But to this day, baby carrots do start turning white once they’ve been exposed to the air a while. Here’s how Jeff Huckaby explains it:

JEFF: We’ve taken and scraped the skin off. And so it’s a little bit of an oxidation that happens– as it dries out.  And– you know, temperature a little bit. So the colder they stay and under the ideal conditions, that whiting doesn’t go there. You can take this and put it back into water, and boom, all of a sudden it rehydrates. The whiting goes away. 

But the question remained: How do you stop carrots from getting dry in the bag? In shipping? In the store shelves? The Yuroseks confronted yet another showstopper. They’d just traded one cosmetic problem for another one.

YUROSEK: They started– you know, getting dry in the bag.


YUROSEK: So we said, “Okay, what do we do about that?” You know, and Mark Bunch came up with this idea of putting water right as the bag was being sealed, and it would shoot a little shot of water in it. And so he built this contraption. These machines go like this: the bag comes down, and it drops the carrots, and it goes like this. 

He’s demonstrating with his hands how the carrots fall vertically into the open bag below them.

YUROSEK: (cont’d) Each time I’d do that, I’d shoot a little bit of water into it before the clamp would close to seal it. And all of a sudden that problem wasn’t there.


YUROSEK: So it just– it was just a series of figurin’ out what to do. 

Finally, after five years of problem solving, the family was ready to start selling to grocery stores.

When the Yuroseks did the math, it looked like everyone would come out ahead. Yeah, consumers would much pay more for baby carrots per pound—but they were getting a lot more carrot. When you buy full-size carrots, you waste a lot of what you’ve bought. 

YUROSEK: They’ve gotta peel it and you gotta cut the top off. You can’t eat that. You gotta cut maybe the tip of the carrot off. You can’t use that. There’s a lot more throwaway. So you’re paying for that. So that’s when I started talking with buyers, you know, like– Stop & Shop, who was the first one that bought carrots from us. I explained to the buyers– I’d say, “You know, there’s no waste in this. There’s no waste in that bag there. Everything can be used.” I told ‘em, “look at your profit. If you sell 1 million pounds of carrots a month, at this, you’re gonna make X amount of dollars.”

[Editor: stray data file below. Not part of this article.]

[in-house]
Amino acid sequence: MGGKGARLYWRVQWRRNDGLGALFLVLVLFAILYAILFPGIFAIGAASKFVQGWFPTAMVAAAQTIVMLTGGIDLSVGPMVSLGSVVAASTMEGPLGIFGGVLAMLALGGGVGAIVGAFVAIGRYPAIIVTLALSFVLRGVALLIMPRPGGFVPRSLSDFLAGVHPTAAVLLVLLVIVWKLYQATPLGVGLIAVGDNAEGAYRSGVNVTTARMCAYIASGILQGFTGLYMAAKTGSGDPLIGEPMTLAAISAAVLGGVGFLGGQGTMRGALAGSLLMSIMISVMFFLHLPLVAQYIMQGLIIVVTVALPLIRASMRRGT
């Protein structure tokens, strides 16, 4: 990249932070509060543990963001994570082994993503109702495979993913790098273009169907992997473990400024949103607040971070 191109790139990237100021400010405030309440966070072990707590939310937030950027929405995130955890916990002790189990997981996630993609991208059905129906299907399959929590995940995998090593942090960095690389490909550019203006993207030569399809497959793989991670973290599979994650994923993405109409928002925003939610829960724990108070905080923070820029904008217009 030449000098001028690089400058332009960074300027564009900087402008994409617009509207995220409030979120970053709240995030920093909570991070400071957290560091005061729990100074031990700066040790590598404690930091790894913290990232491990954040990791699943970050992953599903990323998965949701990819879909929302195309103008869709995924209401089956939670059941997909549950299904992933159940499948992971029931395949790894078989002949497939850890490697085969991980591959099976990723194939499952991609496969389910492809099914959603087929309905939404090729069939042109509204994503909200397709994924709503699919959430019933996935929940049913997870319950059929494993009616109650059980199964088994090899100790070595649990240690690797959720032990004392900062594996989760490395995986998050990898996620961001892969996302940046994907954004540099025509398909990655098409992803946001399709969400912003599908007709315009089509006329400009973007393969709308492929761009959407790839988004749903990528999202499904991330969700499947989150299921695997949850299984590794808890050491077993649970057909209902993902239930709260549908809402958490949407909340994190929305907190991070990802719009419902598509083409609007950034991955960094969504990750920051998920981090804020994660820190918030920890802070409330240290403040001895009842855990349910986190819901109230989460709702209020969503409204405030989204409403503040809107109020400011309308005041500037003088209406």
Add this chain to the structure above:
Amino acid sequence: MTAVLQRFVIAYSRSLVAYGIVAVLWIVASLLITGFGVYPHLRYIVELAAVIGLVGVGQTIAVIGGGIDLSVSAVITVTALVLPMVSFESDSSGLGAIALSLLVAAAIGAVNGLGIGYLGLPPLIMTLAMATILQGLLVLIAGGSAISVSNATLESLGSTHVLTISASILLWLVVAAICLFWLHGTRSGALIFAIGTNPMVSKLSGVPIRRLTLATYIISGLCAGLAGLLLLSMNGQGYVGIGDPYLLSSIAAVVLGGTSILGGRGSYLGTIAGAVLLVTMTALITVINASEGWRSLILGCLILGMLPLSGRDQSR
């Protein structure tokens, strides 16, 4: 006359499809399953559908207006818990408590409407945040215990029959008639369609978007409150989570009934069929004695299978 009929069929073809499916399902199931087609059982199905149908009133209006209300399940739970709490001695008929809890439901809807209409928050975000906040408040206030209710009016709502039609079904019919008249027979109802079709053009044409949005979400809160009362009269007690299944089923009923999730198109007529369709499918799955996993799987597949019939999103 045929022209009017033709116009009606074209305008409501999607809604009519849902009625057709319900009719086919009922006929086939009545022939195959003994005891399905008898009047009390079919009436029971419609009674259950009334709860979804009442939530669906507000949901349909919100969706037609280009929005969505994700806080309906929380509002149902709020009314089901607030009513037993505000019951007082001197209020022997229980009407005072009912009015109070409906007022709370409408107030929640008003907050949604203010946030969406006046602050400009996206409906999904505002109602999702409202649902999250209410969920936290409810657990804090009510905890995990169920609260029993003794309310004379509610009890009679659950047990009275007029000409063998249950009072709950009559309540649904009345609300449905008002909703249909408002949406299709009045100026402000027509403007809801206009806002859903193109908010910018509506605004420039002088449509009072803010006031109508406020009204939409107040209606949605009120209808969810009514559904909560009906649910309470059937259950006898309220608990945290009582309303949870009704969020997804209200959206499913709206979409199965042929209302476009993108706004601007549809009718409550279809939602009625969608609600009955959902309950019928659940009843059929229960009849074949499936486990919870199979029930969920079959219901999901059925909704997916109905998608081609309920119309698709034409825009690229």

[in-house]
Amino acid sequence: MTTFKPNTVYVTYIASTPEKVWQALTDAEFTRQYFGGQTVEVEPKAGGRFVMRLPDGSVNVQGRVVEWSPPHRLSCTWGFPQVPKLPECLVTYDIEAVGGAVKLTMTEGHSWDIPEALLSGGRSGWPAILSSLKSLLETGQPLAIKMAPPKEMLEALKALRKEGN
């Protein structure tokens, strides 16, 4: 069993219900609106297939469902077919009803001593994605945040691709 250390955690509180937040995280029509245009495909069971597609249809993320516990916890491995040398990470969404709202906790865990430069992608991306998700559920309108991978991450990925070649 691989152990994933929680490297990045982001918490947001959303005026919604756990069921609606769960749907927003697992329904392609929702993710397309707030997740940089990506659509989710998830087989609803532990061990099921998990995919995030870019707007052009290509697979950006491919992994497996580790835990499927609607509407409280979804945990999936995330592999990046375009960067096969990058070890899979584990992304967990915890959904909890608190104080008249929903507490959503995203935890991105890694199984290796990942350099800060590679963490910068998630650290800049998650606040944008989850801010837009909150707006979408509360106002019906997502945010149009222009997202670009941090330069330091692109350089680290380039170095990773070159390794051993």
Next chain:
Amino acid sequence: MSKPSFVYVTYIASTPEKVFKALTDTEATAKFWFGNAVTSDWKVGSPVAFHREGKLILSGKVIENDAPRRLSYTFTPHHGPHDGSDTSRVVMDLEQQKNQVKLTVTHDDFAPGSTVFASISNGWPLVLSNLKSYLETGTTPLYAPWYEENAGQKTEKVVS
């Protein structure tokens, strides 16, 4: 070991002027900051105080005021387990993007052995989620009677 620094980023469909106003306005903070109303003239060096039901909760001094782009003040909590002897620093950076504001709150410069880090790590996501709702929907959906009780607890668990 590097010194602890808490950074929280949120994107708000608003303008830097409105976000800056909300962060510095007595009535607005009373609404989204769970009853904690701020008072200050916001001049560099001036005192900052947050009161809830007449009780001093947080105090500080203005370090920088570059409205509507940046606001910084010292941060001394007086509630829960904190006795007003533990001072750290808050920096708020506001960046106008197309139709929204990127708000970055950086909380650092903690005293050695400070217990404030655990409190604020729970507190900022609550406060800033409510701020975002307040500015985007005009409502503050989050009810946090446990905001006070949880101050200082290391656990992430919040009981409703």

(cont’d):  I had this all figured out, and I showed him. I said, “Well, try it and see what happens.” And so he did and found out that it was– it was true. He made more money with those than he did with the regular carrots. And so they all of a sudden started expanding the shelf space for the cut-and-peeled and carrots like that. 

Within one year, Americans were buying more than twice as many carrots as before—from six pounds a year per person, to 10 pounds—all because the cut-and-peeled models were so convenient. 

Now, in the beginning, what made the Yuroseks miserable was that they had too many carrots with cosmetic defects. But now, with the exploding popularity of baby carrots, they didn’t have enough! 

YUROSEK: All of a sudden we didn’t have enough product for our cut-and-peeled. So we started actually sending regular carrots, you know, a certain size over to the plant. We started using– stealing from Peter to give to Paul, if you will. 

Now the company was using perfectly straight, long, unblemished carrots—for baby carrots. Eventually, they started growing new fields of carrots exclusively for cutting and peeling into baby-carrot bags. 

At that point, it was only a small logical leap to realize: Maybe they should start breeding special varieties for baby carrots. Here’s Jeff Huckaby.

JEFF: We are growing specific varieties for cut and peel. You know, the older, full-size carrot had a little bit of a core inside it. So when you would cut it, you could see the core. So a lot of the breeding over the years has been to try to reduce that core just for a better palate. So that, you know, when you crunched it, you didn’t have a hard center or anything. They have a tendency to be a little sweeter. 

Carrots have come a long way since the bad old days of 1985, when 40% of the crop wound up getting thrown away. These days, carrots are one of the least wasteful crops in the world. Grimmway Farms uses every millimeter of every carrot.